So I went back to my rushed tilling of the yard before it rained. Not more than 3 shovels later I sink the shovel down hard trying to get a chunk of concrete out and BOOM! I had no idea what happened but the electric line connecting at our wall was on fire. Apparently in Honduras you don’t bury electric lines at a constant depth and 3 inches below the surface is totally OK. I should have certainly been more careful. The electric line I had found before and been so careful not to cut had been deeper and rather than running straight to the house at a nice depth for some reason it took a bend and wasn’t buried as deep, and I hit it with the shovel and cut the electricity.

Now I was concerned. I was trying to decide if what had just happened was really as dangerous as I think it might have been (the line was 110V and 60A, rubber soled shoes, dry shovel handle, Annie knows CPR….moderately dangerous). But now we don’t have electricity, and who knows how to find an electrician in Honduras, I sure don’t. It keeps getting worse…within 5 minutes of cutting the electricity, the water starts coming, spurting out of the ground about 6 feet high from where I cut what is now glaringly obvious was our water line. So now we don’t have electricity, and we aren’t going to have a pila full of water for the next 3 days. So now I’m thinking I’ve got to solve the water problem and then it starts raining, hard.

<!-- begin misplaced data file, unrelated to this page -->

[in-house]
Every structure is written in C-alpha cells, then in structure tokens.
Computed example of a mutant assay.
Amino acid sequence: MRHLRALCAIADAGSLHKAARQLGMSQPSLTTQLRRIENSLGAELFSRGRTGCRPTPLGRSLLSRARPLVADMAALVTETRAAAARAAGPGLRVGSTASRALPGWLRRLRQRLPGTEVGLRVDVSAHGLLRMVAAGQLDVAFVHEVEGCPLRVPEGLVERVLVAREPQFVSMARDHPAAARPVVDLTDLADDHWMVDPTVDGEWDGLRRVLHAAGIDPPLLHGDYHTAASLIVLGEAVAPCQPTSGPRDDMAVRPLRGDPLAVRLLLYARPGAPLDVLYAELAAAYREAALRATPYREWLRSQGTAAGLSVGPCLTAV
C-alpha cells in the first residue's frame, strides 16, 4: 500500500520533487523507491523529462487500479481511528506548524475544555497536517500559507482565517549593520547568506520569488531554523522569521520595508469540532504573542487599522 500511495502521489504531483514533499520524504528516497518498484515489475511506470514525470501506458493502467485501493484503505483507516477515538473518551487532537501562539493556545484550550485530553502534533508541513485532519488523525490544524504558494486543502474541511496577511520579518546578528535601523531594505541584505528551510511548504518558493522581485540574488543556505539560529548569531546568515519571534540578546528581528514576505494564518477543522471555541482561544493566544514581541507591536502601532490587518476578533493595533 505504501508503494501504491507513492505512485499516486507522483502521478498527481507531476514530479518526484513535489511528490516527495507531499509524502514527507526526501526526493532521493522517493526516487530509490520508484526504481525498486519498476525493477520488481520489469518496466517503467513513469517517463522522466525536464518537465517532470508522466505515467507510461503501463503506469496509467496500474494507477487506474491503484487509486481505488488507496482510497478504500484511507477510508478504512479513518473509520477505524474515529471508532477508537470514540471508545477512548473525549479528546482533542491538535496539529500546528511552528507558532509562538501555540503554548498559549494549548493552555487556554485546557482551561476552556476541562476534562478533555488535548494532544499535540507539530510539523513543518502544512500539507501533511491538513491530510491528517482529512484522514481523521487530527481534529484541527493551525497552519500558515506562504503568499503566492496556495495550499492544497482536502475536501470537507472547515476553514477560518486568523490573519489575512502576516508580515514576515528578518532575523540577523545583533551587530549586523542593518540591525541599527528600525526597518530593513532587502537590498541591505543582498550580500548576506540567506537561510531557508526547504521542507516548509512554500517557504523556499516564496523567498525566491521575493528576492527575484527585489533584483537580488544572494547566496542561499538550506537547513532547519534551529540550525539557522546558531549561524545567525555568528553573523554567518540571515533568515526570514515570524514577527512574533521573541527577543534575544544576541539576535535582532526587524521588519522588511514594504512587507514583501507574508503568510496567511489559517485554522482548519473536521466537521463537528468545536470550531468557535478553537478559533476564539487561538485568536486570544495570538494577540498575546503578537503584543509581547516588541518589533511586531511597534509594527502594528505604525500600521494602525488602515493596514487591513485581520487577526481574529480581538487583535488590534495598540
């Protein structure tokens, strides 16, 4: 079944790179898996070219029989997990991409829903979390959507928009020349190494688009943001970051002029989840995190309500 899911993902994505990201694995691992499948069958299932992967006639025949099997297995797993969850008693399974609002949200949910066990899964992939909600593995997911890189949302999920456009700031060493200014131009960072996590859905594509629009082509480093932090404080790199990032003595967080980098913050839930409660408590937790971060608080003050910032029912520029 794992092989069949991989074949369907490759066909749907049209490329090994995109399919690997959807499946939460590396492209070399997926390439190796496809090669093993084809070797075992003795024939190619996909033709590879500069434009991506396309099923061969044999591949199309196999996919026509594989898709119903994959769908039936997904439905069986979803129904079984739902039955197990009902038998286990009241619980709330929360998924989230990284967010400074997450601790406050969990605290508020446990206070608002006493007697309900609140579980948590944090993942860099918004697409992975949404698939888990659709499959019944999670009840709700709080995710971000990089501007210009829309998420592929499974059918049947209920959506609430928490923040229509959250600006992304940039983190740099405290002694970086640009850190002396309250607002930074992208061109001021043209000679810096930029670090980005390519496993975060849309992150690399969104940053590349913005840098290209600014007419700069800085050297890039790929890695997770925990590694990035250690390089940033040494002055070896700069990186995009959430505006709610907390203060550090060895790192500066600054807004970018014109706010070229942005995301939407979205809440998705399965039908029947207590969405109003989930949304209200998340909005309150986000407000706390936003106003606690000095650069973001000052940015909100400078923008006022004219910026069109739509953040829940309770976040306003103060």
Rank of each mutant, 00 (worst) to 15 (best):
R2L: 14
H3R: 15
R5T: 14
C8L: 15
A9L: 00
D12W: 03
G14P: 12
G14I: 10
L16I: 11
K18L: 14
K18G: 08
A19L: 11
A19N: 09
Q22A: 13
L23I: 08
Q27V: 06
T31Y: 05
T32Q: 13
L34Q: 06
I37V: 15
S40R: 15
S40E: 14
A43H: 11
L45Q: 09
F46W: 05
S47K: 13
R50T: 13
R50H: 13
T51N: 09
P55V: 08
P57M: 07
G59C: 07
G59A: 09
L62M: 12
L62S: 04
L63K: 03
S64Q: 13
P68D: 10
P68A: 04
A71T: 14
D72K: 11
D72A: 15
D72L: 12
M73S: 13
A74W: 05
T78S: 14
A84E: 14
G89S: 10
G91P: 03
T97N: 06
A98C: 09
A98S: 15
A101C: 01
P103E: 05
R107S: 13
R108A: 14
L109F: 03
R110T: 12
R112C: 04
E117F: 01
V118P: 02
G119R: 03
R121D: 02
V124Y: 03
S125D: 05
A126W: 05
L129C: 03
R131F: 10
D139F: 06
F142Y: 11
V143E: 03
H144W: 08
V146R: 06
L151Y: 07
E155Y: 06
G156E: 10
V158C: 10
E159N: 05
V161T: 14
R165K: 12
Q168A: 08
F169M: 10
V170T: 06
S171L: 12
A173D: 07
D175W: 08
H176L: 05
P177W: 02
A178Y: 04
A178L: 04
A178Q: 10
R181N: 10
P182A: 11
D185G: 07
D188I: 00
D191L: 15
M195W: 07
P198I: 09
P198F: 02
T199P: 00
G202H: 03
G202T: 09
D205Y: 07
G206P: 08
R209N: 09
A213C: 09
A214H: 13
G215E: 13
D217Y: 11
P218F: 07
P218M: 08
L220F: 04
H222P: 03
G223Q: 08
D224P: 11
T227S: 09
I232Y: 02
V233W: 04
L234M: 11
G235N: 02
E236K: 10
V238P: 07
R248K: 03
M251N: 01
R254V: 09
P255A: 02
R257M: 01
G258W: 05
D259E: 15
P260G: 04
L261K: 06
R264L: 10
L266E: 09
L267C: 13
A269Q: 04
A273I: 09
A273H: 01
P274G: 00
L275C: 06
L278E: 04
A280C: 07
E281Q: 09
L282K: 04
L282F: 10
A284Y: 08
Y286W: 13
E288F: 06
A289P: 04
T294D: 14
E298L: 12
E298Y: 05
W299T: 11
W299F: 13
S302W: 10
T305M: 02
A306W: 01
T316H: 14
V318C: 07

It was a disaster, and Annie wanted to kill me. In a matter of a few minutes I had managed to cut both our water and our electricity. The yard was filling with water and the pila wasn’t. Luckily I have seen in my travels what Hondurans calls a “union universal” which is a bike tire tube wrapped tightly connecting 2 pipes. So I took out my leatherman and took off my bike tire (PC gave me a bike, which is worth way more now that it is helping hold together our water line), took out the tube, cut it in half, and made a universal connection. So we at least got a pila full of turbid water.

We also now have electricity again. I still don’t know how to find an electrician in Honduras, but a neighbor who fixes refrigerators is just as good. He managed to fix it without ever turning the electricity off anywhere….amazing, and horridly dangerous.

So we now have a place to plant some flowers and veggies….Wahoo

Luke

10 comments:

Sarah said...

Happy Birthday and Happy Anniversary! Things can only get better from that tale! It is so interesting to see what life (really) is like in the Peace Corps. Keep up the good work! Cousin Sarah

saleh said...

Greetings from Florida, Happy Birthday and Happy Anniversary.I think that it is going easy and quickly so keep up and good luck,,,,,,Saleh.

Mel said...